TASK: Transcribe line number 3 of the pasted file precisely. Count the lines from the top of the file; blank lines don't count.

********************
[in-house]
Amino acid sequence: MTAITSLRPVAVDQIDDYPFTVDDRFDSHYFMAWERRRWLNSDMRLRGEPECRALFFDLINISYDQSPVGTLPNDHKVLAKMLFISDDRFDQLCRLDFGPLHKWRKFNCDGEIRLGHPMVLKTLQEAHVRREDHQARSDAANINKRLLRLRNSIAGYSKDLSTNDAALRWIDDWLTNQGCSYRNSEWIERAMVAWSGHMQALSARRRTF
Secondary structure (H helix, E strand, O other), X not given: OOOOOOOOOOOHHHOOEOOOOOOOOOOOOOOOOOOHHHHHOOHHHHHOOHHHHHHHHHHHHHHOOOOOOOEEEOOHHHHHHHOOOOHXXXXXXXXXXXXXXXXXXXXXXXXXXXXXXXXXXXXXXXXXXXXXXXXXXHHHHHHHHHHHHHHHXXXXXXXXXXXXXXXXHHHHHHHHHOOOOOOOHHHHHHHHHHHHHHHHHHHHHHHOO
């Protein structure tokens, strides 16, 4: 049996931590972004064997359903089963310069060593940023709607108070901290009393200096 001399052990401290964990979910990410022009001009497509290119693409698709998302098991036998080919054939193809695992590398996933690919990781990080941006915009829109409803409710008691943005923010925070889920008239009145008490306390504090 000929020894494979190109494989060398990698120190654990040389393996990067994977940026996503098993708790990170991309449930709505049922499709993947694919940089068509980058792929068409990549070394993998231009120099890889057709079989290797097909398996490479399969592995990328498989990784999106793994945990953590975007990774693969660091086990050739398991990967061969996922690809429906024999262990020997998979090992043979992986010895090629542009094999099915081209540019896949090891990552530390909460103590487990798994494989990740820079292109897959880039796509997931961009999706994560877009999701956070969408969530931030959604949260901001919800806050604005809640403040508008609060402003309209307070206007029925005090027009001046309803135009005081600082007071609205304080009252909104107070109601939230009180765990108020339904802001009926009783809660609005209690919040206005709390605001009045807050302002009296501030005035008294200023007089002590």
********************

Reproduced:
Secondary structure (H helix, E strand, O other), X not given: OOOOOOOOOOOHHHOOEOOOOOOOOOOOOOOOOOOHHHHHOOHHHHHOOHHHHHHHHHHHHHHOOOOOOOEEEOOHHHHHHHOOOOHXXXXXXXXXXXXXXXXXXXXXXXXXXXXXXXXXXXXXXXXXXXXXXXXXXHHHHHHHHHHHHHHHXXXXXXXXXXXXXXXXHHHHHHHHHOOOOOOOHHHHHHHHHHHHHHHHHHHHHHHOO